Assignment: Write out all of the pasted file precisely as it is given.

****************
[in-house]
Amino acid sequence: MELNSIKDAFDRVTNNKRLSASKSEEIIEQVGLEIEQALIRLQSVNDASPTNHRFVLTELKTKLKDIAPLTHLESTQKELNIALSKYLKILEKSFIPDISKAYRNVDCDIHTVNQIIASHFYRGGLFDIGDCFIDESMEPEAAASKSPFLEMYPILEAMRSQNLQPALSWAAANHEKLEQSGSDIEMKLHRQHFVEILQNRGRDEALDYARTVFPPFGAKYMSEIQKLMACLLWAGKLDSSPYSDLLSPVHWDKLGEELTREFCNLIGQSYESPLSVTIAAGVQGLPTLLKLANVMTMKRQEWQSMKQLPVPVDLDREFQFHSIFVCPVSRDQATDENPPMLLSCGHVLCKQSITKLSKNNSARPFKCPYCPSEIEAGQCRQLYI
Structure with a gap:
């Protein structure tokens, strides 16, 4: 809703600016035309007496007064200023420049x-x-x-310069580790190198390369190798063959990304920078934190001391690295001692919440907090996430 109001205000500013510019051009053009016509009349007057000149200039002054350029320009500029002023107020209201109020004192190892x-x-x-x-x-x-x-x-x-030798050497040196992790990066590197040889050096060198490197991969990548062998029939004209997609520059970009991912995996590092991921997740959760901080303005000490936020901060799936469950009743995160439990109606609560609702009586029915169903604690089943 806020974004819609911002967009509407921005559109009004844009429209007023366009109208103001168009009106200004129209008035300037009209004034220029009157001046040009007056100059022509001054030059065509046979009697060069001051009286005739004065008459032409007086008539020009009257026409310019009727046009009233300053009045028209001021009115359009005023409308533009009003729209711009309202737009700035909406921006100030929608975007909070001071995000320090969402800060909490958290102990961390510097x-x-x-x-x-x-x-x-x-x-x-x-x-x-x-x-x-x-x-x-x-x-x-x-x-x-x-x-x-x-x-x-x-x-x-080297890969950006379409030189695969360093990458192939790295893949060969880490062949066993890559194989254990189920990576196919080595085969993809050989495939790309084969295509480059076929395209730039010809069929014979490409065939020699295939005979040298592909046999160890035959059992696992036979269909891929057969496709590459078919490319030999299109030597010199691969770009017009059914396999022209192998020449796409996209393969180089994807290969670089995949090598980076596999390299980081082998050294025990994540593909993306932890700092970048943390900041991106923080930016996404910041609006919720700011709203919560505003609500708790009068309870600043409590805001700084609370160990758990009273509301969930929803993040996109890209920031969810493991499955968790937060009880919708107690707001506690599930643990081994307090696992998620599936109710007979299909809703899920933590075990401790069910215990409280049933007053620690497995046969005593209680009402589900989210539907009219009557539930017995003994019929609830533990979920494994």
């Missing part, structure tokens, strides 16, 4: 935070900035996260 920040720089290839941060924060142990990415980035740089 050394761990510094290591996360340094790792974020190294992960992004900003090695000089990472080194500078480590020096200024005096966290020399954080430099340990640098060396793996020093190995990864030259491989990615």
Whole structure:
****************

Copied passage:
[in-house]
Amino acid sequence: MELNSIKDAFDRVTNNKRLSASKSEEIIEQVGLEIEQALIRLQSVNDASPTNHRFVLTELKTKLKDIAPLTHLESTQKELNIALSKYLKILEKSFIPDISKAYRNVDCDIHTVNQIIASHFYRGGLFDIGDCFIDESMEPEAAASKSPFLEMYPILEAMRSQNLQPALSWAAANHEKLEQSGSDIEMKLHRQHFVEILQNRGRDEALDYARTVFPPFGAKYMSEIQKLMACLLWAGKLDSSPYSDLLSPVHWDKLGEELTREFCNLIGQSYESPLSVTIAAGVQGLPTLLKLANVMTMKRQEWQSMKQLPVPVDLDREFQFHSIFVCPVSRDQATDENPPMLLSCGHVLCKQSITKLSKNNSARPFKCPYCPSEIEAGQCRQLYI
Structure with a gap:
């Protein structure tokens, strides 16, 4: 809703600016035309007496007064200023420049x-x-x-310069580790190198390369190798063959990304920078934190001391690295001692919440907090996430 109001205000500013510019051009053009016509009349007057000149200039002054350029320009500029002023107020209201109020004192190892x-x-x-x-x-x-x-x-x-030798050497040196992790990066590197040889050096060198490197991969990548062998029939004209997609520059970009991912995996590092991921997740959760901080303005000490936020901060799936469950009743995160439990109606609560609702009586029915169903604690089943 806020974004819609911002967009509407921005559109009004844009429209007023366009109208103001168009009106200004129209008035300037009209004034220029009157001046040009007056100059022509001054030059065509046979009697060069001051009286005739004065008459032409007086008539020009009257026409310019009727046009009233300053009045028209001021009115359009005023409308533009009003729209711009309202737009700035909406921006100030929608975007909070001071995000320090969402800060909490958290102990961390510097x-x-x-x-x-x-x-x-x-x-x-x-x-x-x-x-x-x-x-x-x-x-x-x-x-x-x-x-x-x-x-x-x-x-x-080297890969950006379409030189695969360093990458192939790295893949060969880490062949066993890559194989254990189920990576196919080595085969993809050989495939790309084969295509480059076929395209730039010809069929014979490409065939020699295939005979040298592909046999160890035959059992696992036979269909891929057969496709590459078919490319030999299109030597010199691969770009017009059914396999022209192998020449796409996209393969180089994807290969670089995949090598980076596999390299980081082998050294025990994540593909993306932890700092970048943390900041991106923080930016996404910041609006919720700011709203919560505003609500708790009068309870600043409590805001700084609370160990758990009273509301969930929803993040996109890209920031969810493991499955968790937060009880919708107690707001506690599930643990081994307090696992998620599936109710007979299909809703899920933590075990401790069910215990409280049933007053620690497995046969005593209680009402589900989210539907009219009557539930017995003994019929609830533990979920494994």
């Missing part, structure tokens, strides 16, 4: 935070900035996260 920040720089290839941060924060142990990415980035740089 050394761990510094290591996360340094790792974020190294992960992004900003090695000089990472080194500078480590020096200024005096966290020399954080430099340990640098060396793996020093190995990864030259491989990615």
Whole structure: